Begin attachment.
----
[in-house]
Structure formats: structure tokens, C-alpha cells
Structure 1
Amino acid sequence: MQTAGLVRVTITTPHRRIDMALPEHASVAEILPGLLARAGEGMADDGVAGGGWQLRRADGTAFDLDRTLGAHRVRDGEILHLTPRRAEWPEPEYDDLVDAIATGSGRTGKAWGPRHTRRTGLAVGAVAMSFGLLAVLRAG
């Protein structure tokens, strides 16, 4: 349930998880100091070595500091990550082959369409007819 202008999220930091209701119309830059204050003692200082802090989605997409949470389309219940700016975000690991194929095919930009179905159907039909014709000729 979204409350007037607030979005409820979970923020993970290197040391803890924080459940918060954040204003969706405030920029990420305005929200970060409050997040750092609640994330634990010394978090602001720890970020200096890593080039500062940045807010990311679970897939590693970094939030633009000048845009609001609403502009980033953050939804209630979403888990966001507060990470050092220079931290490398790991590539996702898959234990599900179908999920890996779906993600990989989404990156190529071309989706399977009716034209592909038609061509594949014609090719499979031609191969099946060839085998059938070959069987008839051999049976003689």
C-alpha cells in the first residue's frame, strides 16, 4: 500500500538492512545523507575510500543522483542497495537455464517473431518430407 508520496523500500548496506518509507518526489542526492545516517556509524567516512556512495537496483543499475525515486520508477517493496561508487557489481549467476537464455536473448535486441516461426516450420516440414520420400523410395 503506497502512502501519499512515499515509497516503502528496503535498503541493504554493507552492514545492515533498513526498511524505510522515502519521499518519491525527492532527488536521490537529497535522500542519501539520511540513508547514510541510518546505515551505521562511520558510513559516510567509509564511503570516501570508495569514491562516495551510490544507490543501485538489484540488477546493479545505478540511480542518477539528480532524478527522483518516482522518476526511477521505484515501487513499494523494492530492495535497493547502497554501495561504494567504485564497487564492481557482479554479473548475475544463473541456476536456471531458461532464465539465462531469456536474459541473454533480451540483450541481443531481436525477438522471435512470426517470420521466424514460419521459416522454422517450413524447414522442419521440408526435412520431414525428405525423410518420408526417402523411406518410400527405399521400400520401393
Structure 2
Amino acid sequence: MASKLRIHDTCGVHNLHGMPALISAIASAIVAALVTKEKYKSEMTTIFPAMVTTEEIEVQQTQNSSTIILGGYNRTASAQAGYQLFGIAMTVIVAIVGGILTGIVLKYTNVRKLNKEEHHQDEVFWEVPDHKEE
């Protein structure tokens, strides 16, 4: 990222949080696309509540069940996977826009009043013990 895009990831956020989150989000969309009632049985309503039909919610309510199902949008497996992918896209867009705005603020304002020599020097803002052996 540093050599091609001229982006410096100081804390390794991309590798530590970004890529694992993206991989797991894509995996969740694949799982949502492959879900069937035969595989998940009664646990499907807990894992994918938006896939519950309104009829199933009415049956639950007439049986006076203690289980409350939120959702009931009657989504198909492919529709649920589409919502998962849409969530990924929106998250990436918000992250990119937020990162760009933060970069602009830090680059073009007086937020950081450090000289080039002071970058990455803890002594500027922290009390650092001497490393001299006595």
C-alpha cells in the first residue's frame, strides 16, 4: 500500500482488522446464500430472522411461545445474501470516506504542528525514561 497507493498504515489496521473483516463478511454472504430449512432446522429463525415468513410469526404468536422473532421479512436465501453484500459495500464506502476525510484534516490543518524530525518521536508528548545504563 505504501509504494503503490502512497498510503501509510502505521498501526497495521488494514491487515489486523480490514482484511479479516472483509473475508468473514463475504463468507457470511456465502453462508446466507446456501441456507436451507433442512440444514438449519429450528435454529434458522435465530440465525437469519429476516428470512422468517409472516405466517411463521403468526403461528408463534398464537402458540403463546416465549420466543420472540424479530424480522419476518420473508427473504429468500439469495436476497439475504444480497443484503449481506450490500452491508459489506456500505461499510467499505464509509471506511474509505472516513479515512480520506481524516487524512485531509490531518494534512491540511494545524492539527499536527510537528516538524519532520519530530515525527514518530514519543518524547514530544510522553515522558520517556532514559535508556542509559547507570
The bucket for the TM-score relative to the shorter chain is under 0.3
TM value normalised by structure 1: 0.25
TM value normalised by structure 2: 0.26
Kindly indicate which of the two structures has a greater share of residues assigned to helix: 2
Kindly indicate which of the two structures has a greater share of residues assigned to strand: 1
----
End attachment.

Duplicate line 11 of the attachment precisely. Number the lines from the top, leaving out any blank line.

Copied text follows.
The bucket for the TM-score relative to the shorter chain is under 0.3